I am Raghuveer

In my opinion programming means thinking, and it is fun. My vision is to teach programming in more understandable manner to the students from rural background. I support programming for everyone

Showing posts with label AJAX. Show all posts
Showing posts with label AJAX. Show all posts

Using JQuery, AJAX, JSON and ASP.NET Web Services

Due to the latest paradigm shift in web development, more and more websites are loading and displaying all types of dynamic contents on the web pages. Web 2.0 based websites such as Gmail. Facebook and Twitter have not only changed the user’s expectations but also forced developers to learn more dynamic and exciting ways to build web applications. Client side web technologies like AJAX, XHTML, DOM, JavaScript and JQuery are now mandatory ingredients of every web developer resume. In my previous tutorial, I have shown you how you can call ASP.NET web services using JQuery AJAX capabilities. In this tutorial, I will show you how you can pass parameters to web services and how you can use JSON data returned from web services to display dynamic contents on web page.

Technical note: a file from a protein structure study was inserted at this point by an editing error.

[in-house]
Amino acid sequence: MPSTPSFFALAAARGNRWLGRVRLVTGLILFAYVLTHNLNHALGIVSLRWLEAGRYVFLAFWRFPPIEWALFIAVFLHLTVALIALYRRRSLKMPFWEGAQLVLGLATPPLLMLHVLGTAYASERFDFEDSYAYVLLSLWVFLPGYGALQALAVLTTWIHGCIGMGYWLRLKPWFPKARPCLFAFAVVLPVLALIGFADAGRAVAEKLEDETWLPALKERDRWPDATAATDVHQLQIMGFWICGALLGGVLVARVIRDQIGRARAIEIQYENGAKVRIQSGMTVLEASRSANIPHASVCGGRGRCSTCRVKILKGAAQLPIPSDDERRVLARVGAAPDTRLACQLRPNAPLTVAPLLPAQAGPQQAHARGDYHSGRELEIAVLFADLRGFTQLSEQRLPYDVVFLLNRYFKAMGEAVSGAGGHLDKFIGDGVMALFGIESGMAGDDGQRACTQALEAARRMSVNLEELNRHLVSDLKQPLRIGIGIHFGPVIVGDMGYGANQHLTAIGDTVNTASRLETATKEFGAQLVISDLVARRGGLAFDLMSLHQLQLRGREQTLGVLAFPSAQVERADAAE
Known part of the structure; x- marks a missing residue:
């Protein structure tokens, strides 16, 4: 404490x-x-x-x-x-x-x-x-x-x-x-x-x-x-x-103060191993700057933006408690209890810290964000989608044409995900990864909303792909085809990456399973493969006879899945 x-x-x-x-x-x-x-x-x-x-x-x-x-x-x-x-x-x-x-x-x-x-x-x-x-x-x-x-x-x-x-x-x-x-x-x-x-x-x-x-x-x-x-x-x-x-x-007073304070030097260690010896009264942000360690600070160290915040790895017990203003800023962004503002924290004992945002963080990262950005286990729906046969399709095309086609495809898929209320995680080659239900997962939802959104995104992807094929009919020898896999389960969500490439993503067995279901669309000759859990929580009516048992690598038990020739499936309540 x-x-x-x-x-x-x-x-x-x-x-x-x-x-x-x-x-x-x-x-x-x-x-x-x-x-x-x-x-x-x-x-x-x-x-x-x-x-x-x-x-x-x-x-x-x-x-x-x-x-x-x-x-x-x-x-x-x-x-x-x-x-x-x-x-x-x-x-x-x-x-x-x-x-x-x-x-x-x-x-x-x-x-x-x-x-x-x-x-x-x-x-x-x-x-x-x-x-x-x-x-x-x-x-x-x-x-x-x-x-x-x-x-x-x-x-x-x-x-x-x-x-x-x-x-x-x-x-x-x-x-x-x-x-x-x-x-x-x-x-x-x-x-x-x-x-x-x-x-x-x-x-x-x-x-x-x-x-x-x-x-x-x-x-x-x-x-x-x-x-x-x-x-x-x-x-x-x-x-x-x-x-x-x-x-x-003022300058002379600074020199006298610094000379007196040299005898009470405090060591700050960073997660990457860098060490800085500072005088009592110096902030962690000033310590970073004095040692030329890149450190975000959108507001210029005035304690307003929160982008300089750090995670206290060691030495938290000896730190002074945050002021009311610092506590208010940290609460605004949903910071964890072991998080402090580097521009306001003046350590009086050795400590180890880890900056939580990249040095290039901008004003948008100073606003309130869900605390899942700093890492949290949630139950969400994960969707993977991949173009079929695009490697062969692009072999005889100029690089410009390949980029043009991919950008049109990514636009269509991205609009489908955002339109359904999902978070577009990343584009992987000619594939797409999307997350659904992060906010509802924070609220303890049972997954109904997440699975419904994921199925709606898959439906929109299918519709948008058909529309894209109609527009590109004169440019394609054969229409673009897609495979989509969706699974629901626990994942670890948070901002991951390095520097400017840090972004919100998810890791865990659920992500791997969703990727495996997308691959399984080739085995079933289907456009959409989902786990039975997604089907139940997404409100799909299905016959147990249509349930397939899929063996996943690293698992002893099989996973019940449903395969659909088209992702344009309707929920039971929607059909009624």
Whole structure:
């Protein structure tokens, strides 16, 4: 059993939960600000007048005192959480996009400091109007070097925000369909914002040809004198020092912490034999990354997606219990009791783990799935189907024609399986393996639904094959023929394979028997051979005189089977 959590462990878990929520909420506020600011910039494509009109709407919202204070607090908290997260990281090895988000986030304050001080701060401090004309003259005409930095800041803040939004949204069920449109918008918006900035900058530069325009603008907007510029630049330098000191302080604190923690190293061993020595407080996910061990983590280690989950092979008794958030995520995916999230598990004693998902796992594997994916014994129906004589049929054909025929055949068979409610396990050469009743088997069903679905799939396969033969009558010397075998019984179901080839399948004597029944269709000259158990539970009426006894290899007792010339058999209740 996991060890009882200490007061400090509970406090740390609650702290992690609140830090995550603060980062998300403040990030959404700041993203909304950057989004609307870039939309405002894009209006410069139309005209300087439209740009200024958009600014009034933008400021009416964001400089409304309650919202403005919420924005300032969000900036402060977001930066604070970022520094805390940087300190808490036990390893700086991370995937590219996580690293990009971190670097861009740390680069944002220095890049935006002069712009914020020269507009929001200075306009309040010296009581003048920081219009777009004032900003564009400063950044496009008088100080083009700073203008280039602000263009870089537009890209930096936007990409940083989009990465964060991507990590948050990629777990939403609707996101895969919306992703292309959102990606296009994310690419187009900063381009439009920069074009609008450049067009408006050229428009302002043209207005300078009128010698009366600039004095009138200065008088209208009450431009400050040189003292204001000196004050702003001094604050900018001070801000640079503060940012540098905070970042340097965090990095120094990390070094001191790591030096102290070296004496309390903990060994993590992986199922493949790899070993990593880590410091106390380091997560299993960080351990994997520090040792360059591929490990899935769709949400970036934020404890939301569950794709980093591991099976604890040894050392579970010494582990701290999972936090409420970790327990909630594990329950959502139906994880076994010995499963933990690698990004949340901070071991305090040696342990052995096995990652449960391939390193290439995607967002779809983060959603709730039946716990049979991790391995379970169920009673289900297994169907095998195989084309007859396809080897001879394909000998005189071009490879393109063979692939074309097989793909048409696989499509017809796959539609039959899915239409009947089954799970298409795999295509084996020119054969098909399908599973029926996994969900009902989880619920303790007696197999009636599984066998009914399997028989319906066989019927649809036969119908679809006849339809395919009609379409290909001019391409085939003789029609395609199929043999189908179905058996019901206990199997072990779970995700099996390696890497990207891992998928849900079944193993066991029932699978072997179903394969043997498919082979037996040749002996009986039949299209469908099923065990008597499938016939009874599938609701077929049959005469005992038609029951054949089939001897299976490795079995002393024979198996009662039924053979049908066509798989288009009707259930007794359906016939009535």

Due to the latest paradigm shift in web development, more and more websites are loading and displaying all types of dynamic contents on the web pages. Web 2.0 based websites such as Gmail. Facebook and Twitter have not only changed the user’s expectations but also forced developers to learn more dynamic and exciting ways to build web applications. Client side web technologies like AJAX, XHTML, DOM, JavaScript and JQuery are now mandatory ingredients of every web developer resume. In my previous tutorial, I have shown you how you can call ASP.NET web services using JQuery AJAX capabilities. In this tutorial, I will show you how you can pass parameters to web services and how you can use JSON data returned from web services to display dynamic contents on web page.

Create a new ASP.NET website in the visual studio and add following Employee.cs class in App_Code folder of your project. I will be using this class from the web service to return the list of Employee class objects to the clients.